Wheat everywhere

by Luigi Guarino on July 31, 2014

Wheat has been much in the news in the past few days. There’s been the announcement of the draft genome sequence. And some fancy gene editing from China. But I want to point to a couple of more down-stream stories.

From Spain, there’s news of how an old variety — and much effort from a local family — brought back the particular taste of Los Monegros’ bread. Should anyone else be interested, the variety in question, Aragon 03, seems to be available in various genebanks.

And, from an area that is even more inhospitable to the crop, comes an announcement by the Nigeria’s minister of agriculture himself that a new variety may turn the country into a major producer:

Intrigued, I investigated further, and found that the variety in question, called Norman Borlaug in Nigeria, is Norman F2008, which was released by a private company a few years back in Mexico, based on CIMMYT material.

We’re going to need heat resistant wheat like this.


Bringing ancient farming to life

by Luigi Guarino on July 30, 2014

There are pigs, sheep and goats here. Some are ancient varieties, more popular 1,400 years ago than they are today. Like a shaggy-haired pig described my guide, John Sadler, as “half a ton of very grumpy animal … only interested if you feed it, or if you fall in — in which case you are food.”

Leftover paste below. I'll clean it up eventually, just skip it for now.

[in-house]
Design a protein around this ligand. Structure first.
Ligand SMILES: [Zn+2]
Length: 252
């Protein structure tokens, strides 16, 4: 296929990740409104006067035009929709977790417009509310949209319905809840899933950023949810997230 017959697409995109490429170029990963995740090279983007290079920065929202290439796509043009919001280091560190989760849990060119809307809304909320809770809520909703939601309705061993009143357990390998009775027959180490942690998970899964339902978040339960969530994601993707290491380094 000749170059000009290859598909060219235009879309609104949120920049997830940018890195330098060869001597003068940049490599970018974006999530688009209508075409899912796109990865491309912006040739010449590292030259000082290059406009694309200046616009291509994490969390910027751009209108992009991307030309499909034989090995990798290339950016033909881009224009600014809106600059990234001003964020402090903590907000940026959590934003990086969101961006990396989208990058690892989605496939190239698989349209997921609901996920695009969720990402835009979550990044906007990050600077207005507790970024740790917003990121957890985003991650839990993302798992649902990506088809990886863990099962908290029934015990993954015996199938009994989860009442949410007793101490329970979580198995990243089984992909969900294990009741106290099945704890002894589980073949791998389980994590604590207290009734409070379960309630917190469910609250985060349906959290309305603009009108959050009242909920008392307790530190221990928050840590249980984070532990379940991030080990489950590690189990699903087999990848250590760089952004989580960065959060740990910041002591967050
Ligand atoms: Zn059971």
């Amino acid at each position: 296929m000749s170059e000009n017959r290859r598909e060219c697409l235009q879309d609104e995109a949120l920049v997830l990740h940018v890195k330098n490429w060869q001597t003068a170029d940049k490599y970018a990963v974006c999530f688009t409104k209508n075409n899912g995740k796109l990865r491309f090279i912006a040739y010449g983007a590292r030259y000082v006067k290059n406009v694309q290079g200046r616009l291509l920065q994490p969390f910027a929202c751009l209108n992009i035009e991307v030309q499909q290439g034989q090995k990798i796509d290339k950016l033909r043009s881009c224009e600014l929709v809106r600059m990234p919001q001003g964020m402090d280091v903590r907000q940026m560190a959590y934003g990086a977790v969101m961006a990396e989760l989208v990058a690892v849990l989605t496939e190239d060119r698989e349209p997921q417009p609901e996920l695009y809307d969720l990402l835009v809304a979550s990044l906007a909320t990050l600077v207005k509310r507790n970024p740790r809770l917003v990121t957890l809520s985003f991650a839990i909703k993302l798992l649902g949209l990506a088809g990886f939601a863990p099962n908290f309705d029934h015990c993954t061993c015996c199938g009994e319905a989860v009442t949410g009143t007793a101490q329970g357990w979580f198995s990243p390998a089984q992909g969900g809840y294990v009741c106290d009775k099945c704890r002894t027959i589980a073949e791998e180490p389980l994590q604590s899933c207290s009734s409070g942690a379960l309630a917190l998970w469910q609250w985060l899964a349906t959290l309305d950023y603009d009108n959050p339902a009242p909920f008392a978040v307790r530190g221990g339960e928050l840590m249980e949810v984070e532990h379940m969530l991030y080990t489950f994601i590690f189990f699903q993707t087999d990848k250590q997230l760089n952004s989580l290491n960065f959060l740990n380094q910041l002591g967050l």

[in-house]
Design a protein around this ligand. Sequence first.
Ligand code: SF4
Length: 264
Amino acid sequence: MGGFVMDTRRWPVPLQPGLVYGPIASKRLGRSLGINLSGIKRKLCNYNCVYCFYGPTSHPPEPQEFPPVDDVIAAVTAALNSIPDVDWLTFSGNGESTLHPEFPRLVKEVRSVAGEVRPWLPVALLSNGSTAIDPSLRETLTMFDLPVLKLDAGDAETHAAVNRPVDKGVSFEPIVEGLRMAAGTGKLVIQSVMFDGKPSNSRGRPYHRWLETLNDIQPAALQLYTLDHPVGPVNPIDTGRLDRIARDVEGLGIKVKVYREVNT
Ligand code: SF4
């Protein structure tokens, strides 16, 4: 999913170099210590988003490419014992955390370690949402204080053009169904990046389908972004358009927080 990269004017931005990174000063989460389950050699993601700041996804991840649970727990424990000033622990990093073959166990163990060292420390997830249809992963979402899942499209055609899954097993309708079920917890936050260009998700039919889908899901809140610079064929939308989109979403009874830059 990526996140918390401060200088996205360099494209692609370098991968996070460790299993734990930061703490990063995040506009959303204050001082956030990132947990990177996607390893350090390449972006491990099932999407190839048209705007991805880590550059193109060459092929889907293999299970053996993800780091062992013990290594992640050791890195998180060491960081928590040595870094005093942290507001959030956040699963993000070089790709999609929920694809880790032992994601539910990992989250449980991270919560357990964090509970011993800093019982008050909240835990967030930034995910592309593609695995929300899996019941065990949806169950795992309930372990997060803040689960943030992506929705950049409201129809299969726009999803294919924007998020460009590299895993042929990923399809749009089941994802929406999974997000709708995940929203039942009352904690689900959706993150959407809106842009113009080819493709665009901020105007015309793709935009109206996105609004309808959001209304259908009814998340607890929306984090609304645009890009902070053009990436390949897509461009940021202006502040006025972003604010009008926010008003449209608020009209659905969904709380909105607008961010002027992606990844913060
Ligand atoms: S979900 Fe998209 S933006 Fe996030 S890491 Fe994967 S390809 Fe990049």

That’s from a podcast I follow, The World in Words, which is about languages, not agricultural biodiversity. This particular episode was part of a series about places which have been important in the evolution of the English language, and focuses on Jarrow in northern England, haunt of the Venerable Bede.

“He’s the first person to actually write down who it was that actually came to the British Isles,” says linguist David Crystal, co-author with Hilary Crystal of Wordsmiths and Warriors. “He talks about the Angles and the Saxons and the Jutes, and discusses the range of languages that were spoken around the country.”

The grumpy pig and other animals “are part of a re-creation of an Anglo-Saxon village, with timber-framed buildings and turf-covered sheds. The farm is called Gyrwe, Old English for Jarrow. It’s part of a museum called Bedesworld.”

Its website has a little bit on the livestock you can see there, but I couldn’t find anything on any crops that might be part of the experience, which is a pity. I hadn’t thought much about this before, but such open-air museums focusing on the history of farming could be useful ways of communicating the importance of conserving agricultural biodiversity, and indeed even doing some conservation. There are many of them, in the US, in Europe (see also) and elsewhere. And there are some journals that cater to them.

Does anyone out there know of examples of farming museums such as Bede’s World doing serious conservation of crop diversity?


Surviving Glenda

by Luigi Guarino on July 29, 2014

We have finally received news of the Philippines national genebank. Teresita Borromeo, who has worked there for some years, sent us the following email: